In that case, “we can expect further deterioration in [banks] loan books, more bad provisions, lower interest rates, which will hit profit margins. The downward spiral looks set to continue and I’m not sure quite where it ends.”

Italy May Spur Systemic Bank Crisis, SocGen Chair Says

July 6, 2016 — 9:05 AM BST Updated on July 6, 2016 — 3:06 PM BST
Italy’s banking crisis could spread to the rest of Europe, and rules limiting state aid to lenders should be reconsidered to prevent greater upheaval, Societe Generale SA Chairman Lorenzo Bini Smaghi said.
“The whole banking market is under pressure,” the former European Central Bank executive board member said in an interview with Bloomberg Television on Wednesday. “We adopted rules on public money; these rules must be assessed in a market that has a potential crisis to decide whether some suspension needs to be applied.”
With Italian banks weighed down by about 360 billion euros ($389 billion) in soured loans, the government has been sounding out regulators on ways to shore up lenders amid a renewed selloff in the wake of the British vote to leave the European Union. The government would invoke an EU rule allowing temporary state aid if regulatory stress tests uncover a shortfall at Banca Monte dei Paschi di Siena SpA, a person with knowledge of the discussions said Tuesday.
European banking stocks resumed their descent as policy makers disagreed and sometimes issued contradictory statements about what may come next. Deutsche Bank AG, Germany’s largest lender, slid 6.1 percent to its lowest level since at least 1989. Societe Generale, France’s second-biggest bank, which Bini Smaghi has chaired for just over a year, fell 1.8 percent as of 2 p.m. in Paris.
The Bloomberg Europe 500 Banks and Financial Services Index fell 2.3 percent to its lowest since November 2011, in the midst of the the European debt crisis.
Italian Finance Undersecretary Pier Paolo Baretta said in an interview on RAI radio Wednesday morning that a “technical solution” on Monte Paschi could be hours away, before issuing a statement an hour later that said “no intervention is expected in the next few hours.”
German Finance Minister Wolfgang Schaeuble, speaking at a news conference in Berlin hours later, said his Italian counterpart Pier Carlo Padoan told him that Italy intends to stick to the banking-union rules.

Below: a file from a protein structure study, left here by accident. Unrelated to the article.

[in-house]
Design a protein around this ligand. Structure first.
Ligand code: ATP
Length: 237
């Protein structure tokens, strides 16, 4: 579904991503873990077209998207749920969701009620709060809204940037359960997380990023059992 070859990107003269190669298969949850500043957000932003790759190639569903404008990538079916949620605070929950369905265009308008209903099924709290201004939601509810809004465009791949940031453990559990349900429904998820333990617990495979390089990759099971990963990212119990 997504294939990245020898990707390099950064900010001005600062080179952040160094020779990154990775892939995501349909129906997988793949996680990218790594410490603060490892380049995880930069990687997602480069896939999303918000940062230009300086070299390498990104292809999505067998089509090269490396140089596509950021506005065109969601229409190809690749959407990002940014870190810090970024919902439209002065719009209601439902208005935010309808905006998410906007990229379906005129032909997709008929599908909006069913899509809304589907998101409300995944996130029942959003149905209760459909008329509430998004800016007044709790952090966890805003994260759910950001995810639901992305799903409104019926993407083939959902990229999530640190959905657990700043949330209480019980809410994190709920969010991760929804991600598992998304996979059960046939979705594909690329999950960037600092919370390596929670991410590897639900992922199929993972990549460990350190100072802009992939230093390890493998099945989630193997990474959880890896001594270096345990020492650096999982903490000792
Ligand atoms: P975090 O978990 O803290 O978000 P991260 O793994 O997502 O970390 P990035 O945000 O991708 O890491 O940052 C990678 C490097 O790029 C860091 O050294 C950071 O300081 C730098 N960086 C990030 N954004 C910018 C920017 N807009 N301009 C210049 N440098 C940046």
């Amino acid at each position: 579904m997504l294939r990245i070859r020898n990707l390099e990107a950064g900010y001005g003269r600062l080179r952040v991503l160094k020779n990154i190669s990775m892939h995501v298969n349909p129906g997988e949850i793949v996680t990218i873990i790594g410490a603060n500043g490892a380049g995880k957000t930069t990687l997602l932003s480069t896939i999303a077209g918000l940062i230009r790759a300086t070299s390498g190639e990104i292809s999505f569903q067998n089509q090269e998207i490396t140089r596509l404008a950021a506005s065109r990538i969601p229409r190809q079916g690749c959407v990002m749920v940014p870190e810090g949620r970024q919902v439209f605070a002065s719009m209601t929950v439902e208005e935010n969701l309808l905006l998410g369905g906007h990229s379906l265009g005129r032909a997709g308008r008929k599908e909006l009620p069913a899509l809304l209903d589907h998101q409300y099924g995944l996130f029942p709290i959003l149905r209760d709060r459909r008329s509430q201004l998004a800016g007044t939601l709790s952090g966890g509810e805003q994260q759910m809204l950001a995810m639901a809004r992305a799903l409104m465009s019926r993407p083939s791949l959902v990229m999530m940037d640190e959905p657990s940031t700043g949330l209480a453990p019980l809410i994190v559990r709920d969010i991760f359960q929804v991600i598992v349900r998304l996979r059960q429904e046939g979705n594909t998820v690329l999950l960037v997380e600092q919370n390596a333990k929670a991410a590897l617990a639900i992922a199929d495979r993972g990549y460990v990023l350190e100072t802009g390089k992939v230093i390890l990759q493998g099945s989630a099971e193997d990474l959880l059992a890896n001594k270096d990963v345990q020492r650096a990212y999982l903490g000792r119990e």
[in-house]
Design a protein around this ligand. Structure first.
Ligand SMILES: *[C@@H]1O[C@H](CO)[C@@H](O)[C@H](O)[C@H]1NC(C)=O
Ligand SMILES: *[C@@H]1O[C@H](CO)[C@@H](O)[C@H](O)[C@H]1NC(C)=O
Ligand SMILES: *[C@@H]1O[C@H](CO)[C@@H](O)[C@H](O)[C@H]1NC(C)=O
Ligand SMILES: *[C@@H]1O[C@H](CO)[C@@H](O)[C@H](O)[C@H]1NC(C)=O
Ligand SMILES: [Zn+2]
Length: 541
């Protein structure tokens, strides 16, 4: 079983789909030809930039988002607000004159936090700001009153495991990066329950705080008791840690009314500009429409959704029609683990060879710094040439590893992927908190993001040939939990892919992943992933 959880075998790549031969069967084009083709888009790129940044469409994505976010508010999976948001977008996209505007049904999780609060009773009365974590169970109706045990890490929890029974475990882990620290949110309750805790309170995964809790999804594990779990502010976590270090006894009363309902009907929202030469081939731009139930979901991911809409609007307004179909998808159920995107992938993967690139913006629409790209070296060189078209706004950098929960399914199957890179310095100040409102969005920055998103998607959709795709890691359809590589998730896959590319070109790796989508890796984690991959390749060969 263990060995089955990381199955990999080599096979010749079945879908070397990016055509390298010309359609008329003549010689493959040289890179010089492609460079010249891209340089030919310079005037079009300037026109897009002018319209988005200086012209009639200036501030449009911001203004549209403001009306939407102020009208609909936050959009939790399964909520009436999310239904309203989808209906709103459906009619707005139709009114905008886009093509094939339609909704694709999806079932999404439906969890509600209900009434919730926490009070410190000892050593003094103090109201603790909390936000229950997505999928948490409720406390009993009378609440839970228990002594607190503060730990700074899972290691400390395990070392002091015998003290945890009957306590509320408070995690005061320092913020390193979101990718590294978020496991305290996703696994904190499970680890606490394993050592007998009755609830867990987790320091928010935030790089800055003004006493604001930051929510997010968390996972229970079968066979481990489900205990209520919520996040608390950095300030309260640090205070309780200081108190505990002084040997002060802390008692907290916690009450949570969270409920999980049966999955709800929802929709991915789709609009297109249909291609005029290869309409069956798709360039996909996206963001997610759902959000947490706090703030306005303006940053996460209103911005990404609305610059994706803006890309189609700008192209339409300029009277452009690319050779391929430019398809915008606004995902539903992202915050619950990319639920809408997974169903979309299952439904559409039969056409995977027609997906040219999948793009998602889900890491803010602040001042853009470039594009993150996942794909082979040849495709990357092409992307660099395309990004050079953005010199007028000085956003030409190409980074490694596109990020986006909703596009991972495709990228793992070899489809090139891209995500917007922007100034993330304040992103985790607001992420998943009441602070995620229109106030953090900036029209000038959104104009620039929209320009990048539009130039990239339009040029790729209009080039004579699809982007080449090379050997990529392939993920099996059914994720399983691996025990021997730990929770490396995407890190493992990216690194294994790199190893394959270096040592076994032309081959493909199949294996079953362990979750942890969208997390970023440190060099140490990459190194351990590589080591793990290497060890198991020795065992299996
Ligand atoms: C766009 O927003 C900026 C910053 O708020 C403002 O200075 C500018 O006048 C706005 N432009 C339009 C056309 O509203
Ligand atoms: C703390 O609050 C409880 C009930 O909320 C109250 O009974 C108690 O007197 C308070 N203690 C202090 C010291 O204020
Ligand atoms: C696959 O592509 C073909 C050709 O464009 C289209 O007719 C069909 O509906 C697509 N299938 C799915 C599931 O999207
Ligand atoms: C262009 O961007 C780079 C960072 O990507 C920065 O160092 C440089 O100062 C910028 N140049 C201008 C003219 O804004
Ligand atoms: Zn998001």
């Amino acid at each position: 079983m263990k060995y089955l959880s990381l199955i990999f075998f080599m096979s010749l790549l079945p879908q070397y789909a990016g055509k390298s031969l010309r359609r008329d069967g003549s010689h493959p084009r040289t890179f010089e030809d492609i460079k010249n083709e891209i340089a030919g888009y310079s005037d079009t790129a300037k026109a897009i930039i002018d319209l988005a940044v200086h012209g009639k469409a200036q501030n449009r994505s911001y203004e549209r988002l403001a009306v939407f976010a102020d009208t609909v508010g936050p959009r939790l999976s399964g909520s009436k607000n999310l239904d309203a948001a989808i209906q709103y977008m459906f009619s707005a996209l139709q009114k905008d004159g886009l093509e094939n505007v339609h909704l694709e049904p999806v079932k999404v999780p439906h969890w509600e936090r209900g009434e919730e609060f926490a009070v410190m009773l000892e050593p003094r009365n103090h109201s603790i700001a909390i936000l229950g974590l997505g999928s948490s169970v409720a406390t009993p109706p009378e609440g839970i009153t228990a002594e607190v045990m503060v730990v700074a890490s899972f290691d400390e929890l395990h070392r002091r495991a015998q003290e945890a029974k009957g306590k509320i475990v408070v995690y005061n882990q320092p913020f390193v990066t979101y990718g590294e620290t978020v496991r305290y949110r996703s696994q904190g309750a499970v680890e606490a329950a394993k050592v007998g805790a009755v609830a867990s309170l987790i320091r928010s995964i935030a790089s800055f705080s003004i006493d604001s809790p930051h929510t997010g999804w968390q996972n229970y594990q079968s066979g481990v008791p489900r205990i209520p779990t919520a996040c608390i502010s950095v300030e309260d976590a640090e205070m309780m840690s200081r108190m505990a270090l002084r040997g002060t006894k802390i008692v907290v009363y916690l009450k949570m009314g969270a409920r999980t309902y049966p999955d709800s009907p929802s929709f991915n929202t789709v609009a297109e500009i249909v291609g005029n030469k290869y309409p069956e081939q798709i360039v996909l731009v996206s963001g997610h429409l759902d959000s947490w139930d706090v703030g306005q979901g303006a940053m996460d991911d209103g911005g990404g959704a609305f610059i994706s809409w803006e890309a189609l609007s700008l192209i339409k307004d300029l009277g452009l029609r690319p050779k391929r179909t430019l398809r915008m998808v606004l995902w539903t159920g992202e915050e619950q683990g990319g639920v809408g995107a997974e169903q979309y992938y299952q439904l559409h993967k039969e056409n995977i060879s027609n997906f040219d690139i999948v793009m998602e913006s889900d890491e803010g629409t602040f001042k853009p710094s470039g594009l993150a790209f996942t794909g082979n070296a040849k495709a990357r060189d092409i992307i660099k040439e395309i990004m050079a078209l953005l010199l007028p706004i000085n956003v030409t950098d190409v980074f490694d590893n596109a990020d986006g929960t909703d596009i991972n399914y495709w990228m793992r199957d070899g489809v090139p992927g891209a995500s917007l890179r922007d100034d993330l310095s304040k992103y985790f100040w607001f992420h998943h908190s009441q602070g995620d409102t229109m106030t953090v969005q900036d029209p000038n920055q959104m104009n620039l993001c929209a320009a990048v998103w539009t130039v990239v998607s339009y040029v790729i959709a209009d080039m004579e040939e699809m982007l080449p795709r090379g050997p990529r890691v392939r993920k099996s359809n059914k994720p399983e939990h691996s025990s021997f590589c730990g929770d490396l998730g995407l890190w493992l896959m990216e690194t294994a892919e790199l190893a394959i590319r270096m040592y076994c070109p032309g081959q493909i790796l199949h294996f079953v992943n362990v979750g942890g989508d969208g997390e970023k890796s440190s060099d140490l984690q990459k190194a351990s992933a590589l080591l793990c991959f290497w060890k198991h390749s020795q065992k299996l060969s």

Brexit Trauma Stalks EU as Leaders Brace for More Shocks to Come

July 6, 2016 — 11:01 PM BST
Throughout the Cold War, Bratislava stood on the front line of the ideological divide between east and west. Now the Slovak capital situated a stone’s throw from the Austrian border is again at the crux of European history.

European Union leaders will gather in the city straddling the Danube River in September, after a summer of “political reflection,” to hammer out a way forward for the bloc in the shock of the post-Brexit world.

Soon to be shorn of the bloc’s second-largest economy and buffeted by a rising tide of anti-EU sentiment from Paris to Warsaw, the 27 national leaders will meet knowing that Britain’s vote to leave forces them to weigh change to win back citizens’ support. They just can’t agree on what that should look like.

“The dividing lines have been between different actors on different issues -- north and south on financial and economic issues, east and west on asylum and migration,” Sandro Gozi, undersecretary for European affairs in Italian Prime Minister Matteo Renzi’s government, said in a phone interview. “The last thing we need is new dividing lines.”

From German insistence on fiscal rigidity and the legacy of austerity, to economic sanctions on Russia, relations with Turkey and the biggest refugee crisis since World War II, Europe’s political fault lines run deep and tension has been building for years. Rival camps and further flashpoints on the horizon mean the struggle to reset the European Union could get messy.

The outcome is not just academic. It affects a market of 500 million people with an economy of some $15 trillion, including the U.K. With elections next year in the Netherlands, France and then Germany, economies together representing more than half the euro-zone output, leaders don’t have the luxury of time on their side.

Markets are also showing signs of unease. While the European Central Bank’s unlimited bond purchases are keeping a lid on spreads for now, bank shares have plunged amid concerns about the EU’s ability to contain a new crisis emanating from Italy. The Bloomberg Europe 500 Banks and Financial Services Index fell to the lowest since the depths of the region’s debt crisis in 2011 and the cost for European banks to fund in dollars through the foreign-exchange swaps market rose to the highest since 2012.